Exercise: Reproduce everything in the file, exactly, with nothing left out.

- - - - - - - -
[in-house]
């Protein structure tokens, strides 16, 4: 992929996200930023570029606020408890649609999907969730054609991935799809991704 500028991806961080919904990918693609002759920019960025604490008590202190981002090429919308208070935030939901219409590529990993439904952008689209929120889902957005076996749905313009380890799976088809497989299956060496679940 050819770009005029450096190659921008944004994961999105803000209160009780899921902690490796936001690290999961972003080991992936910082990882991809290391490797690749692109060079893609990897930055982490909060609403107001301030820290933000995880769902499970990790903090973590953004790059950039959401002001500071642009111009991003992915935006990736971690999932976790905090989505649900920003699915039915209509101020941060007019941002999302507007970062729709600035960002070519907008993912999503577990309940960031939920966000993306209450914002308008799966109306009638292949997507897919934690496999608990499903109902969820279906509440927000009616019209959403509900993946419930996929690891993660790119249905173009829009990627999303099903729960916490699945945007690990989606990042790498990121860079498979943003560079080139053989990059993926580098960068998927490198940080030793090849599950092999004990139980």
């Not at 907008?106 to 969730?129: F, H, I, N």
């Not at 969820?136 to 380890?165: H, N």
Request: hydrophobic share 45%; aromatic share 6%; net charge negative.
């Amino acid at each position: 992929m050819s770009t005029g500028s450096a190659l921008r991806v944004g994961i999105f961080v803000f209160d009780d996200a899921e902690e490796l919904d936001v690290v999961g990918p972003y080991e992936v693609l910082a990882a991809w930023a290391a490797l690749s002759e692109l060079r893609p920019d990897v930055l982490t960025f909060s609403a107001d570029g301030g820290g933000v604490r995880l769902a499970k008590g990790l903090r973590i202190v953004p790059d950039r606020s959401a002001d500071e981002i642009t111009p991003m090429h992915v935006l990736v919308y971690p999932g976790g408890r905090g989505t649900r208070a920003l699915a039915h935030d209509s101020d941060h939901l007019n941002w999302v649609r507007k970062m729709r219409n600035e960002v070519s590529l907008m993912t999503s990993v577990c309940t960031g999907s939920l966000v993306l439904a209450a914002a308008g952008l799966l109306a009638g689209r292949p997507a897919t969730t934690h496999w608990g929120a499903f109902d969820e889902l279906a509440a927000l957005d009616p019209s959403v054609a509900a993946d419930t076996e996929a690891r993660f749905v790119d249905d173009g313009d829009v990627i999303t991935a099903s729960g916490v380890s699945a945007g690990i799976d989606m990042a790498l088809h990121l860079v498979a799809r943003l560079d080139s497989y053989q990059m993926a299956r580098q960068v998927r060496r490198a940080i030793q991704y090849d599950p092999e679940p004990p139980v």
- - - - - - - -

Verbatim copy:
[in-house]
């Protein structure tokens, strides 16, 4: 992929996200930023570029606020408890649609999907969730054609991935799809991704 500028991806961080919904990918693609002759920019960025604490008590202190981002090429919308208070935030939901219409590529990993439904952008689209929120889902957005076996749905313009380890799976088809497989299956060496679940 050819770009005029450096190659921008944004994961999105803000209160009780899921902690490796936001690290999961972003080991992936910082990882991809290391490797690749692109060079893609990897930055982490909060609403107001301030820290933000995880769902499970990790903090973590953004790059950039959401002001500071642009111009991003992915935006990736971690999932976790905090989505649900920003699915039915209509101020941060007019941002999302507007970062729709600035960002070519907008993912999503577990309940960031939920966000993306209450914002308008799966109306009638292949997507897919934690496999608990499903109902969820279906509440927000009616019209959403509900993946419930996929690891993660790119249905173009829009990627999303099903729960916490699945945007690990989606990042790498990121860079498979943003560079080139053989990059993926580098960068998927490198940080030793090849599950092999004990139980």
């Not at 907008?106 to 969730?129: F, H, I, N």
């Not at 969820?136 to 380890?165: H, N």
Request: hydrophobic share 45%; aromatic share 6%; net charge negative.
């Amino acid at each position: 992929m050819s770009t005029g500028s450096a190659l921008r991806v944004g994961i999105f961080v803000f209160d009780d996200a899921e902690e490796l919904d936001v690290v999961g990918p972003y080991e992936v693609l910082a990882a991809w930023a290391a490797l690749s002759e692109l060079r893609p920019d990897v930055l982490t960025f909060s609403a107001d570029g301030g820290g933000v604490r995880l769902a499970k008590g990790l903090r973590i202190v953004p790059d950039r606020s959401a002001d500071e981002i642009t111009p991003m090429h992915v935006l990736v919308y971690p999932g976790g408890r905090g989505t649900r208070a920003l699915a039915h935030d209509s101020d941060h939901l007019n941002w999302v649609r507007k970062m729709r219409n600035e960002v070519s590529l907008m993912t999503s990993v577990c309940t960031g999907s939920l966000v993306l439904a209450a914002a308008g952008l799966l109306a009638g689209r292949p997507a897919t969730t934690h496999w608990g929120a499903f109902d969820e889902l279906a509440a927000l957005d009616p019209s959403v054609a509900a993946d419930t076996e996929a690891r993660f749905v790119d249905d173009g313009d829009v990627i999303t991935a099903s729960g916490v380890s699945a945007g690990i799976d989606m990042a790498l088809h990121l860079v498979a799809r943003l560079d080139s497989y053989q990059m993926a299956r580098q960068v998927r060496r490198a940080i030793q991704y090849d599950p092999e679940p004990p139980v």